Many employers have a standard policy that requires employees returning from sick leave to prove that they’re fit for work. If you have such a policy—and you apply it consistently—you can also require employees who useto provide the same certifications.
Recent case: David Verkade, a mail sorter for the U.S. Postal Service, suffered from Meniere’s disease. It can cause vertigo, severe dizziness, tinnitus and hearing loss.
The post office accommodated Verkade’s condition by allowing him to sort mail manually rather than by machine, as the machinery apparently could aggravate his condition.
But sorting by hand didn’t entirely solve Verkade’s problems. Sometimes, he would take off work because of severe dizziness.
He claimedleave for each instance. And each time, the post office required him to provide medical certification for the absence, along with a medical note indicating he was cleared to return to work.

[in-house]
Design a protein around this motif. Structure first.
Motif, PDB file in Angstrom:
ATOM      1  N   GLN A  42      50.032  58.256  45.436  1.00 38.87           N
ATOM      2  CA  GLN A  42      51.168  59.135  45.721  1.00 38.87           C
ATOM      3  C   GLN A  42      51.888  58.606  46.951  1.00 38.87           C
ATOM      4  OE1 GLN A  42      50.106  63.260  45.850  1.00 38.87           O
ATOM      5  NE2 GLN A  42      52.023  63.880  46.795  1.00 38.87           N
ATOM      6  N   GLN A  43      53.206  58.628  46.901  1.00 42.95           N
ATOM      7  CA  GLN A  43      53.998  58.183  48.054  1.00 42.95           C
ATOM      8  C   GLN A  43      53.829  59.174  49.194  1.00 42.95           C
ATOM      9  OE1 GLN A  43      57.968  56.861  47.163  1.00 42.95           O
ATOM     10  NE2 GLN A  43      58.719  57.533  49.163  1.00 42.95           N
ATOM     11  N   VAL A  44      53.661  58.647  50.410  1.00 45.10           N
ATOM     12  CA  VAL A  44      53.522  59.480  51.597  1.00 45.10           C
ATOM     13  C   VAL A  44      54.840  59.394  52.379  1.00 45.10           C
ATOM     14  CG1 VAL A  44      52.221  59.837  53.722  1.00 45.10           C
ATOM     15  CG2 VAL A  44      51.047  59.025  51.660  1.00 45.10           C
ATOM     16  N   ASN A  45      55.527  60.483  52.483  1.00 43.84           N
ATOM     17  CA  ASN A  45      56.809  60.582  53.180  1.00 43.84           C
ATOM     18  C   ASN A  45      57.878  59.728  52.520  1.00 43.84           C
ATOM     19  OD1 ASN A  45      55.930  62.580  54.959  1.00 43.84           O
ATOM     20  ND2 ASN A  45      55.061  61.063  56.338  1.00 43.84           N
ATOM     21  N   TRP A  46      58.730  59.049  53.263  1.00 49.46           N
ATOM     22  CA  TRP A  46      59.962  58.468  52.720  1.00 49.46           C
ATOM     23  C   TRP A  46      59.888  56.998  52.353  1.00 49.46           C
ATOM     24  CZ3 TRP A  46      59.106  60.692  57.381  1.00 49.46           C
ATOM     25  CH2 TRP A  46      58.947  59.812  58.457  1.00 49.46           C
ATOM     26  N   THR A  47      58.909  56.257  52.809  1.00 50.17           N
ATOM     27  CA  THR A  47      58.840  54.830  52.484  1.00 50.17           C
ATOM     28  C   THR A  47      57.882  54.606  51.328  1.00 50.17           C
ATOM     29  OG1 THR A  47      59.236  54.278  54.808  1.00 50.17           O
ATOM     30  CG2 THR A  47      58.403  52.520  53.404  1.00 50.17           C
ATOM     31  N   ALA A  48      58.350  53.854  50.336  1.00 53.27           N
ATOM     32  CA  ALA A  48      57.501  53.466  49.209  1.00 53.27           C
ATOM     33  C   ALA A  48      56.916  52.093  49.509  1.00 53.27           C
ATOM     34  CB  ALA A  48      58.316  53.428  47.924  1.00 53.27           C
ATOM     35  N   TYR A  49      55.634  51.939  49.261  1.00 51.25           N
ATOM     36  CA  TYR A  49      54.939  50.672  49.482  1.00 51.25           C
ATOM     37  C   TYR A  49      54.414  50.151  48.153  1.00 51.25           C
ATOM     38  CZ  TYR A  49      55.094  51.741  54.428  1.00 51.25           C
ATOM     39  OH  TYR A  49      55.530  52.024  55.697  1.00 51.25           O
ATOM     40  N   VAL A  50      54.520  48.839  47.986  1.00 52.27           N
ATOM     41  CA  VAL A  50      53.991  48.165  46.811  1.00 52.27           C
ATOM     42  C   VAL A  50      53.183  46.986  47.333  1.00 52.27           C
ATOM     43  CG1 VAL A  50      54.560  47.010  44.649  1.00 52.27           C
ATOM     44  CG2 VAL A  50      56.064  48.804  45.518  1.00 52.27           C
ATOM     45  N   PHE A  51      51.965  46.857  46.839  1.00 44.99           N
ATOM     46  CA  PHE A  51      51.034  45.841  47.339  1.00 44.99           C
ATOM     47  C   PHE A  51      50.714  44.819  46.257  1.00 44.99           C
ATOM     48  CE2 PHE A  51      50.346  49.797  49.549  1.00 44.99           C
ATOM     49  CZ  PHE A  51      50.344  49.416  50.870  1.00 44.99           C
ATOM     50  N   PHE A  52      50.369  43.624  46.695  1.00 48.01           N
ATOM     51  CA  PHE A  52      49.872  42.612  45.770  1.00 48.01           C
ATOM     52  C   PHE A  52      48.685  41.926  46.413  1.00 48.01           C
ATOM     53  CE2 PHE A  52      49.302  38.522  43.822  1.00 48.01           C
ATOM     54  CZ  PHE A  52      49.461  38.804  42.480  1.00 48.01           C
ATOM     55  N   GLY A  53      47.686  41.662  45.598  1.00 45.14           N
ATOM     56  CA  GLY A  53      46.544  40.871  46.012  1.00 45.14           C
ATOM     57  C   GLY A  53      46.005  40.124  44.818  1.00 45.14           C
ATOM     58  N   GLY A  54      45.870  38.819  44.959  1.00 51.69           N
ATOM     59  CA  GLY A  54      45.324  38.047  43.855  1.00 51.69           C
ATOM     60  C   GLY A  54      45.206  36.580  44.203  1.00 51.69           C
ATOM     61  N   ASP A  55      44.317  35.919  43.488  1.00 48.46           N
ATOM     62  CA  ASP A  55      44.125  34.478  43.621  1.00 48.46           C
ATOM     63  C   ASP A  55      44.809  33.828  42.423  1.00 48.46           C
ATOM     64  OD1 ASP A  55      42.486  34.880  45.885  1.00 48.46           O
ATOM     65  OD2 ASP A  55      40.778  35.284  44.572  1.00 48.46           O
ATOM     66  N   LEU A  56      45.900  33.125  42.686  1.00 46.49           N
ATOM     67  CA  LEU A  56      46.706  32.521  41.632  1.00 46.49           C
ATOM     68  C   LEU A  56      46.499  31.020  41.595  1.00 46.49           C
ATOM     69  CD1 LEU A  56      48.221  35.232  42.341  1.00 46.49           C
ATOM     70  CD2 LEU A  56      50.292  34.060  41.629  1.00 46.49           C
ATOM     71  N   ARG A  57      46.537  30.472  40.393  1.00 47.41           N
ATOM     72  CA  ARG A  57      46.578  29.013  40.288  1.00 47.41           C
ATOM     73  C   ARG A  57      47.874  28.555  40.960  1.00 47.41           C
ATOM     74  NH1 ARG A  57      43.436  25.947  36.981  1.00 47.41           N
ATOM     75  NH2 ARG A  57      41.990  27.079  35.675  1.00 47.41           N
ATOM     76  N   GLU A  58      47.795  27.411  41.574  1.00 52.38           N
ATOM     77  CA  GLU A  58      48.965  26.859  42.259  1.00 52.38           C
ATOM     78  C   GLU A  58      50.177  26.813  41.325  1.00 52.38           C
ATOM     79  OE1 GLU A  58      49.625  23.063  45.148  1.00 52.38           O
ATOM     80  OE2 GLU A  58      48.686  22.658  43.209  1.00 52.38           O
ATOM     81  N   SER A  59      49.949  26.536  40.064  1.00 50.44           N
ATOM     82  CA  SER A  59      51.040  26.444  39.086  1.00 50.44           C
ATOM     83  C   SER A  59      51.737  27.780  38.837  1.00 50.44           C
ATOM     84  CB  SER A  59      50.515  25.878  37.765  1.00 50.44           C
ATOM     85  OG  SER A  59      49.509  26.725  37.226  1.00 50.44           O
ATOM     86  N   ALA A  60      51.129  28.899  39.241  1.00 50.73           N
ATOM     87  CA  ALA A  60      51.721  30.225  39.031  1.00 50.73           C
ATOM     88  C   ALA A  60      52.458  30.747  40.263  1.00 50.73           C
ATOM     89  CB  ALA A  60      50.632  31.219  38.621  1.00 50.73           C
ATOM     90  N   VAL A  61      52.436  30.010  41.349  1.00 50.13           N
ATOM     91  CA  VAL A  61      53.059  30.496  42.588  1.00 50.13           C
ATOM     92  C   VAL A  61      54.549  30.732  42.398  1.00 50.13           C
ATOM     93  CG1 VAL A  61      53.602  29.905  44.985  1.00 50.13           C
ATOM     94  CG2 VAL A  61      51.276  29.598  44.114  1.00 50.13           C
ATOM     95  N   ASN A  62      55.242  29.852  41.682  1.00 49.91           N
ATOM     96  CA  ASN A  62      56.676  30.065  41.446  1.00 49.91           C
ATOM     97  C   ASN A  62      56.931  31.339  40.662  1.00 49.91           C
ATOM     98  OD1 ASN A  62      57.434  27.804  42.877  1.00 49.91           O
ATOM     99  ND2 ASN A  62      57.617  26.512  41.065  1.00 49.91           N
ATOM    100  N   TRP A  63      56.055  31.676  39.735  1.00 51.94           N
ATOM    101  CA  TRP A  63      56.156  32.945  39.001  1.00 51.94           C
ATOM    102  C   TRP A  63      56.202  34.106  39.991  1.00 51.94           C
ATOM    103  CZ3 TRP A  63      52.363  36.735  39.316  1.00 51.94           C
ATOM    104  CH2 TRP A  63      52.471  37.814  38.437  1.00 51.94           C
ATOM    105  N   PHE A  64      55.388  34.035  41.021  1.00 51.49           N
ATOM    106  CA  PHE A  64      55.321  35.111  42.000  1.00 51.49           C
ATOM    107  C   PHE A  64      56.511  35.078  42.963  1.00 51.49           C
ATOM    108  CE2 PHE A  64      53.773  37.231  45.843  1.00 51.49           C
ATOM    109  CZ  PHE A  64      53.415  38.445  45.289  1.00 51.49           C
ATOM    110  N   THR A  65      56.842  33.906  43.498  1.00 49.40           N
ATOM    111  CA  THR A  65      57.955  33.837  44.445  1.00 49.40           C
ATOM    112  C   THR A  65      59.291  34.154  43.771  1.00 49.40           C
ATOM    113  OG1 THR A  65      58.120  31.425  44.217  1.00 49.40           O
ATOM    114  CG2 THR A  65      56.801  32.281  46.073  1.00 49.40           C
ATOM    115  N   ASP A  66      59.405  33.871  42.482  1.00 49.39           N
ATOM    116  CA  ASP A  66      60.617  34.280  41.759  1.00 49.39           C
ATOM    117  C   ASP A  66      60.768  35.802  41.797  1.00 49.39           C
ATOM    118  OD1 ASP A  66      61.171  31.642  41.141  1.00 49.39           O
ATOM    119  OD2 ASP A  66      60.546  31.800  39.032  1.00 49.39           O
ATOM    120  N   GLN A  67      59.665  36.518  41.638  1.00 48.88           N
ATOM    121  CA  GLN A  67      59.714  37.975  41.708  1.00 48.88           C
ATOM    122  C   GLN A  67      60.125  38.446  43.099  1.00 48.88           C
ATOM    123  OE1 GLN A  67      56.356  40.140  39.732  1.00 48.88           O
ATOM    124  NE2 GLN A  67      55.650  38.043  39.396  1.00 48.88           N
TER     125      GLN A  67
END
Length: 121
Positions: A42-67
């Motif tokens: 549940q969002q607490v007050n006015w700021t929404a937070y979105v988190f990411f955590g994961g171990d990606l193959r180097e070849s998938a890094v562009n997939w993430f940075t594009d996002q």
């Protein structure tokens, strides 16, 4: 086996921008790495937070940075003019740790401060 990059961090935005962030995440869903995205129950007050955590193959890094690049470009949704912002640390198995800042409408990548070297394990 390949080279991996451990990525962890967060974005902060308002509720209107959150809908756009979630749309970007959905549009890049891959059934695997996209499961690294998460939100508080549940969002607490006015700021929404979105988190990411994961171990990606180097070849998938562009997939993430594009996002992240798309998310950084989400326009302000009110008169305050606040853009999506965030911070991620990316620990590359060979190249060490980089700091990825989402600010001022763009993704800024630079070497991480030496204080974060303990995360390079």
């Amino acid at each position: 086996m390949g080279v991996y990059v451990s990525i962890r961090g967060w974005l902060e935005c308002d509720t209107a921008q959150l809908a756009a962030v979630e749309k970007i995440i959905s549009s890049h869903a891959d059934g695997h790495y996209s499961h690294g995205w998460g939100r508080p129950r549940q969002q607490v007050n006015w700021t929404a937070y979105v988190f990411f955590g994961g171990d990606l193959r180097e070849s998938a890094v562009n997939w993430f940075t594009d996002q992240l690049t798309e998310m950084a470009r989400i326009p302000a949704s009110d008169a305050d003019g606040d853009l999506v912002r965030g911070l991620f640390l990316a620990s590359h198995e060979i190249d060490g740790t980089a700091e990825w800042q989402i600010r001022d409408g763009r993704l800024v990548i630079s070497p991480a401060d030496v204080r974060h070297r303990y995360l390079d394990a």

The post office was concerned that if Verkade was still dizzy, he might hurt himself on other equipment at the facility.
Verkade sued, alleging he had been denied immediate reinstatement following FMLA leave.
A federal appeals court disagreed. It noted that employers can require returning employees to prove they’re capable of doing their jobs if the requirement applies to everyone absent for similar reasons and those who take FMLA leave aren’t singled out. It dismissed Verkade’s lawsuit. (Verkade v. U.S. Postal Service, No. 09-1268, 6th Cir., 2010)
- How to Fire an Employee the Legal Way: 6 Termination Guidelines
- 'My boss is stressing me out!' That's not a disability requiring accommodation
- Crack down on moonlighting during FMLA leave
- Make sure supervisors understand: Do not Âdiscourage employees from using FMLA
- Is an employee entitled to take FMLA leave to care for her hospitalized adult child?